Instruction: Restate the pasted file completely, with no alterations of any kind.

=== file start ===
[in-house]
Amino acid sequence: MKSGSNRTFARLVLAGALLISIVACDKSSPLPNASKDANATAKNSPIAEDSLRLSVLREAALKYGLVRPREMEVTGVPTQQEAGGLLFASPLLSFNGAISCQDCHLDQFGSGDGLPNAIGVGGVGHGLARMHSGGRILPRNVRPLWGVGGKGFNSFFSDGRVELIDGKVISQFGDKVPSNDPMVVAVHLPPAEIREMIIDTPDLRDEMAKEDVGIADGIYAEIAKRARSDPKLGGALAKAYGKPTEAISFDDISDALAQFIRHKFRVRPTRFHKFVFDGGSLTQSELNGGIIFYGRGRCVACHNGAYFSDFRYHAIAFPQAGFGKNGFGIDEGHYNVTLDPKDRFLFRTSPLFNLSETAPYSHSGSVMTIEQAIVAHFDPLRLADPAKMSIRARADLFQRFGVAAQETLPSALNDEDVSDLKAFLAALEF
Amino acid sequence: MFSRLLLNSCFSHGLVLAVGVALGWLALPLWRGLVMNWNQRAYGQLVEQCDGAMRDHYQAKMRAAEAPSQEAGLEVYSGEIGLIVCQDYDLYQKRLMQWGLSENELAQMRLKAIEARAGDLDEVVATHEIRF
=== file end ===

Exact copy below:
[in-house]
Amino acid sequence: MKSGSNRTFARLVLAGALLISIVACDKSSPLPNASKDANATAKNSPIAEDSLRLSVLREAALKYGLVRPREMEVTGVPTQQEAGGLLFASPLLSFNGAISCQDCHLDQFGSGDGLPNAIGVGGVGHGLARMHSGGRILPRNVRPLWGVGGKGFNSFFSDGRVELIDGKVISQFGDKVPSNDPMVVAVHLPPAEIREMIIDTPDLRDEMAKEDVGIADGIYAEIAKRARSDPKLGGALAKAYGKPTEAISFDDISDALAQFIRHKFRVRPTRFHKFVFDGGSLTQSELNGGIIFYGRGRCVACHNGAYFSDFRYHAIAFPQAGFGKNGFGIDEGHYNVTLDPKDRFLFRTSPLFNLSETAPYSHSGSVMTIEQAIVAHFDPLRLADPAKMSIRARADLFQRFGVAAQETLPSALNDEDVSDLKAFLAALEF
Amino acid sequence: MFSRLLLNSCFSHGLVLAVGVALGWLALPLWRGLVMNWNQRAYGQLVEQCDGAMRDHYQAKMRAAEAPSQEAGLEVYSGEIGLIVCQDYDLYQKRLMQWGLSENELAQMRLKAIEARAGDLDEVVATHEIRF